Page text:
Climate policy, which includes the European Green Deal, and the digital transformation are also described as “central organisational issues.” The post-crisis recovery must be a green recovery, the document states. This is in line with the proposals of the Franco-German recovery plan presented on 18th May. 

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Rule of law and migration also on the agenda

Roth highlighted that promoting compliance with the rule of law is also at the “top of the agenda” and will be linked with the granting of EU funds.

As Maroš Šefčovič, Commission Vice President for Interinstitutional Relations and Foresight, told a press conference on Tuesday (26 May), the German EU Council Presidency could use a Commission report on the state of the rule of law scheduled for September “to spark a genuine discussion on the subject in the Council.” 

Brexit negotiations will also dominate the agenda. The EU and UK have a very tight timetable to reach an agreement before the transition period ends on 31 December. At present, the prospects of reaching an agreement seem slim.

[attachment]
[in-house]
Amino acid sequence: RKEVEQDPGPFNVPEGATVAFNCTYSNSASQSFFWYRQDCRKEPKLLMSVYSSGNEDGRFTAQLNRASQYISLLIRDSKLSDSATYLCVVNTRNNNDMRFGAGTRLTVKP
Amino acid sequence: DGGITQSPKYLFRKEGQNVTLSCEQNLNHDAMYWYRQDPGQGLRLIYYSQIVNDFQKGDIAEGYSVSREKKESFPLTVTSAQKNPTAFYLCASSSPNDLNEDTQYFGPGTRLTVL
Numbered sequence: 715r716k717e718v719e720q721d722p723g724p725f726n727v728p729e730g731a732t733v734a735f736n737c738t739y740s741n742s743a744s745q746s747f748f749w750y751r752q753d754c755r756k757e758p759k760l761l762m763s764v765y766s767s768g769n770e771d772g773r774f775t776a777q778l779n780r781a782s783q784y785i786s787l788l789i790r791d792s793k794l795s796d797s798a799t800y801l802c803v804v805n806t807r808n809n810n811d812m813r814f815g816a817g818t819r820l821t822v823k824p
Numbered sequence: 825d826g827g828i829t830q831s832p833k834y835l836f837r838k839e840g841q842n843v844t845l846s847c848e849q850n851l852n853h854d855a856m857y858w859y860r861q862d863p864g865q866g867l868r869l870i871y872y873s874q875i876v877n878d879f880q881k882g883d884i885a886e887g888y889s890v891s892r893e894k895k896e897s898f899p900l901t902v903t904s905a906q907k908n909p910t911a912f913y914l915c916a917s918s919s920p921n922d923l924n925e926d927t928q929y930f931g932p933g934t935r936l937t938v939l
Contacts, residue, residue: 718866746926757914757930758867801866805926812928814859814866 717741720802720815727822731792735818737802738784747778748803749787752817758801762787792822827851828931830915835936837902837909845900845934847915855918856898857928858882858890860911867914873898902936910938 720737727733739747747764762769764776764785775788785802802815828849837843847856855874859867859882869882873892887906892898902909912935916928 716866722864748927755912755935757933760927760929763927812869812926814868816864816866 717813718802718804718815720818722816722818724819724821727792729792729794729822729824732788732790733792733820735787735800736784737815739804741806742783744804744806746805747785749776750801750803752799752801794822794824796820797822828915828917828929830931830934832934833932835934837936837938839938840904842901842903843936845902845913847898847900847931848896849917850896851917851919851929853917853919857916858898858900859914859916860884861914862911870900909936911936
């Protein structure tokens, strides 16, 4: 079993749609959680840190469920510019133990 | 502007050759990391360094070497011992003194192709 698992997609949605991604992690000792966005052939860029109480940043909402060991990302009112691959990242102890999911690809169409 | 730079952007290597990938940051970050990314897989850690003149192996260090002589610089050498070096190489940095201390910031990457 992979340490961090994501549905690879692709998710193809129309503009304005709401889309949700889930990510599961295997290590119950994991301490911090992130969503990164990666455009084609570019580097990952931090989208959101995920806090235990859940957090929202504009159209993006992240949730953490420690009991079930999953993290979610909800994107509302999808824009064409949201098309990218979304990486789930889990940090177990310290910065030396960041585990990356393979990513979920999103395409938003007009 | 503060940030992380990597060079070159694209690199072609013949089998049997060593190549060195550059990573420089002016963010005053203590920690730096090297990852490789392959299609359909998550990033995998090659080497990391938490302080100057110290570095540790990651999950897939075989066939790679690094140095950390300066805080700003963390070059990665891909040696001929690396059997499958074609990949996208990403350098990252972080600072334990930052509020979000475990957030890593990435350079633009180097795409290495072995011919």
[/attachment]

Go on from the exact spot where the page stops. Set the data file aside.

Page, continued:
Another priority is to reform the Common European Asylum System. The Commission is expected to present its proposal for a European migration pact in June. In its draft programme presented in March, Germany had advocated “re-regulating responsibilities and preventing individual states from being overburdened.”

The German government is also striving to further develop the Common Security and Defence Policy (CSDP) with the goal of improving EU efficacy in both civilian and military domains. This also includes strengthening European defence initiatives such as PESCO [Permanent Structured Cooperation] while simultaneously improving cooperation with NATO.

[Edited by Zoran Radosavljevic]